Beating the heat in Zimbabwe

November 2022

We visited Zimbabwe in October, often known as suicide month, because it is extremely hot, dry and dusty. Everything slows down and animals rest in the shade most of the day. Even the predators seem to be taking it easy. Everything in the landscape appears to be waiting for the start of the rains, announced by the first flush of green leaves. The animals congregate around the last remaining sources of water.

In Hwange National Park the river network and most of the natural waterholes dry up during the dry season. Therefore the animals are dependent on water that is pumped into the salt pans, using solar power. Elephant families walk in for a drink and a mud bath. They know exactly when the sun stands high enough to power the pumps and come to get the fresh water.

In Mana Pools National Park the mighty Zambezi is a reliable source of water. The floodplains with winterthorn trees represent an irresistable supply of dry-season browsing. These trees have a so-called “reverse foliage cycle”, meaning that they shed their leaves in summer, and grow them again as winter approaches. They develop an abundance of highly nutritious pods, beloved by elephants in particular. The result is that during the late dry season, most of the herbivores are crammed into the Mana floodplain.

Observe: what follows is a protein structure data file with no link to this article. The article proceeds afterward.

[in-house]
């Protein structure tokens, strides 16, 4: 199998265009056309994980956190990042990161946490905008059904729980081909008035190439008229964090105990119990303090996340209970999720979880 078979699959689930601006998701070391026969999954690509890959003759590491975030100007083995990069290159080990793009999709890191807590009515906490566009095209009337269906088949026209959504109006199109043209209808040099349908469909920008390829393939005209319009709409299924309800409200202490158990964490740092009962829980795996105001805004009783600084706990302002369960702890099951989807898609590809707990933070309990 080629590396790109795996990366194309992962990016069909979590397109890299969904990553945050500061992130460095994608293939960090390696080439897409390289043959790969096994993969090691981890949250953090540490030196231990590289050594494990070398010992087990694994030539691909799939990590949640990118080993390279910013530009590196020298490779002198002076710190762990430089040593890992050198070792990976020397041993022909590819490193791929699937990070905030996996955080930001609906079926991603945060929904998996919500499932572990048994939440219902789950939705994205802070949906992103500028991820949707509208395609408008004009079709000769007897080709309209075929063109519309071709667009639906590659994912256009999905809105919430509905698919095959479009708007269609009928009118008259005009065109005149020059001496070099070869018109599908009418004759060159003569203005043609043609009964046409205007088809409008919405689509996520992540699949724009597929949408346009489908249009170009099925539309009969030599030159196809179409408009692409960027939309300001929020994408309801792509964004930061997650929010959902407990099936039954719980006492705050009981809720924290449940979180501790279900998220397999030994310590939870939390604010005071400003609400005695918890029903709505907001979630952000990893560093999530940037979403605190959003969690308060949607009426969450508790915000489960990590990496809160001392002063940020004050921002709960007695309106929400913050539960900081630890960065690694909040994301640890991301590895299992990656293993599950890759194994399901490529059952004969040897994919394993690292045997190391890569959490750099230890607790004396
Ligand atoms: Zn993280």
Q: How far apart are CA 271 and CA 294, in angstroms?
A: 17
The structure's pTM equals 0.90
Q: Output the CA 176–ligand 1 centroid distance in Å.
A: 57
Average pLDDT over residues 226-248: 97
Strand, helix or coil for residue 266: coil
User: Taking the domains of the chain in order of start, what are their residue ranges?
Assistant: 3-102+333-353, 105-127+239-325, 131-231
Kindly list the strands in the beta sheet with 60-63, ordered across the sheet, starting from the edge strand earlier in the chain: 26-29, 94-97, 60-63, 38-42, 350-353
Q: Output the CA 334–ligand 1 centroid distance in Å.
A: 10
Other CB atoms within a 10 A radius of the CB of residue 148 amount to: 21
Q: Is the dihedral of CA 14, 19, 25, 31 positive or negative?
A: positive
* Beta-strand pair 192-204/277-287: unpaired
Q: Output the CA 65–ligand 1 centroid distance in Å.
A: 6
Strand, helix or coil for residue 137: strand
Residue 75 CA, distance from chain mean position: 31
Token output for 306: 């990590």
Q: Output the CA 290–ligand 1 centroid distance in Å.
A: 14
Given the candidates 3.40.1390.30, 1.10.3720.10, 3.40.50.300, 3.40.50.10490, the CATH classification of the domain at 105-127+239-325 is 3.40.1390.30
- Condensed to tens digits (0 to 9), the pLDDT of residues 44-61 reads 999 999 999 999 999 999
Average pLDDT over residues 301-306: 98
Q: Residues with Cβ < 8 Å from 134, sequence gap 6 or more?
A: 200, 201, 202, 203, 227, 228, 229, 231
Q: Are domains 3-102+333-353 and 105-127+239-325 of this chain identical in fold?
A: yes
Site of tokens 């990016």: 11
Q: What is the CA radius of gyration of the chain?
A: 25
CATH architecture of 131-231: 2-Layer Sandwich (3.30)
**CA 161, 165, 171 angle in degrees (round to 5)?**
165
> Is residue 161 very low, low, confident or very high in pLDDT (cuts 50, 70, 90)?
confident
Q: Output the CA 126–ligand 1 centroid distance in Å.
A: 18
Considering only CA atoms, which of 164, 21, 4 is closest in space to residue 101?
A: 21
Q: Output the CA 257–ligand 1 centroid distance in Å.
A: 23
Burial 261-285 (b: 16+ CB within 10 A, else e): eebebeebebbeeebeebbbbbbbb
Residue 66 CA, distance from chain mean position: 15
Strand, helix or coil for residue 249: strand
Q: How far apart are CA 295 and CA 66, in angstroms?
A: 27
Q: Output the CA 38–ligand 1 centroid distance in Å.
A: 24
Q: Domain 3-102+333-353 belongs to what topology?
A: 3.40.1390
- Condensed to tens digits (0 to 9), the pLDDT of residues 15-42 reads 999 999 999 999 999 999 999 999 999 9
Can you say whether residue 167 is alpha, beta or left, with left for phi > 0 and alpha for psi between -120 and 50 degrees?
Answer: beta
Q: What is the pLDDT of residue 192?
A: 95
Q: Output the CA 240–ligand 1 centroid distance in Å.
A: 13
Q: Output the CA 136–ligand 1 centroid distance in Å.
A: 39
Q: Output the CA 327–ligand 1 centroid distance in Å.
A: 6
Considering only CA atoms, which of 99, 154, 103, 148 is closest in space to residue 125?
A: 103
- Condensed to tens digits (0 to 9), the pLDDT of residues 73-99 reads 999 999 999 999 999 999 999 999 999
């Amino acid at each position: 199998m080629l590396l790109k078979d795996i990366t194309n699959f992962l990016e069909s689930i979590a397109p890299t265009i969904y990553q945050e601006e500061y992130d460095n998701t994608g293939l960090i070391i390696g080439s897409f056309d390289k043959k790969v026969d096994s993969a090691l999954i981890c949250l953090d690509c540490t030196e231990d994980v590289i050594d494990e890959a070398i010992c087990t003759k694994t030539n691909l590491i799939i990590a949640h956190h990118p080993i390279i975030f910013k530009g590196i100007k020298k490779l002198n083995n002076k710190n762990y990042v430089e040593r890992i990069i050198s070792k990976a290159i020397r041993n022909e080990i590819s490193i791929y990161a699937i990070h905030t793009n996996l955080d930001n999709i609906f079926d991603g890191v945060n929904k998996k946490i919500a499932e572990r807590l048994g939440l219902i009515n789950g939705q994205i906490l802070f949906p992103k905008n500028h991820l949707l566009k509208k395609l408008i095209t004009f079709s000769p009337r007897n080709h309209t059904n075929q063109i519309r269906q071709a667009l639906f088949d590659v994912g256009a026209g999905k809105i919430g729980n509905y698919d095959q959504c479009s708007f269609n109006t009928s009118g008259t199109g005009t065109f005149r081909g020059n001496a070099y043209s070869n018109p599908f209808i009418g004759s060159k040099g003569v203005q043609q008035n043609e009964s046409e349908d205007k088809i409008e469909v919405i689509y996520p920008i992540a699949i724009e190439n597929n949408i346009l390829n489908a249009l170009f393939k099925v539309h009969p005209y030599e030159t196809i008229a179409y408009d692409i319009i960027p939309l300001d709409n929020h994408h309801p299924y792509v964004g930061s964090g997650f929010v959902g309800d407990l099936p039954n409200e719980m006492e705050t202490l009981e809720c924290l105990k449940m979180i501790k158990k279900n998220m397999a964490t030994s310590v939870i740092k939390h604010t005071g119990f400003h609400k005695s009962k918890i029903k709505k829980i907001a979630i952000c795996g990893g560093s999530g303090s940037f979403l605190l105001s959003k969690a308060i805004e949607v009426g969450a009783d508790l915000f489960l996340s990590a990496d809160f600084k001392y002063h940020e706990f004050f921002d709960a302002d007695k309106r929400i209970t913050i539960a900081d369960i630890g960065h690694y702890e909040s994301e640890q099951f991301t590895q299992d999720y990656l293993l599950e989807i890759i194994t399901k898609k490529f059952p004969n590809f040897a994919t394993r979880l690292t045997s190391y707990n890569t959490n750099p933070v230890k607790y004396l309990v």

The hazy blue Mana woodlands with elephants reaching for the high-up pods are very photogenic, but they also represent a very stressful time of year for the animals. Especially now climate change seems to make the rains less predictable and tourism has an ever growing impact on the ecosystem.

Hwange salt pans

Hwange is the Zimbabwe’s biggest national park. During the heat of the day lots of animals congregate around the shallow pans which  provide water and form a natural salt lick for the animals.

Armchair safari

Kanga is a small seasonal camp set near one of the few inland water sources in Mana Pools.  Here the animals come down to the pan to drink at all hours of the day. A hide provides cover to take great close ups. 

Zambezi floodplains

Mana Pools is famous for its floodplains and the “cathedrals” of ancient trees. Sadly the trees are struggeling, because the flow of the river has changed over the years. 

Have a look at twikga Stories…

The stories of Tanja Dekker Illustration and the twikga books, children’s books about the wilderness, with its diversity of animals, plants and landscapes…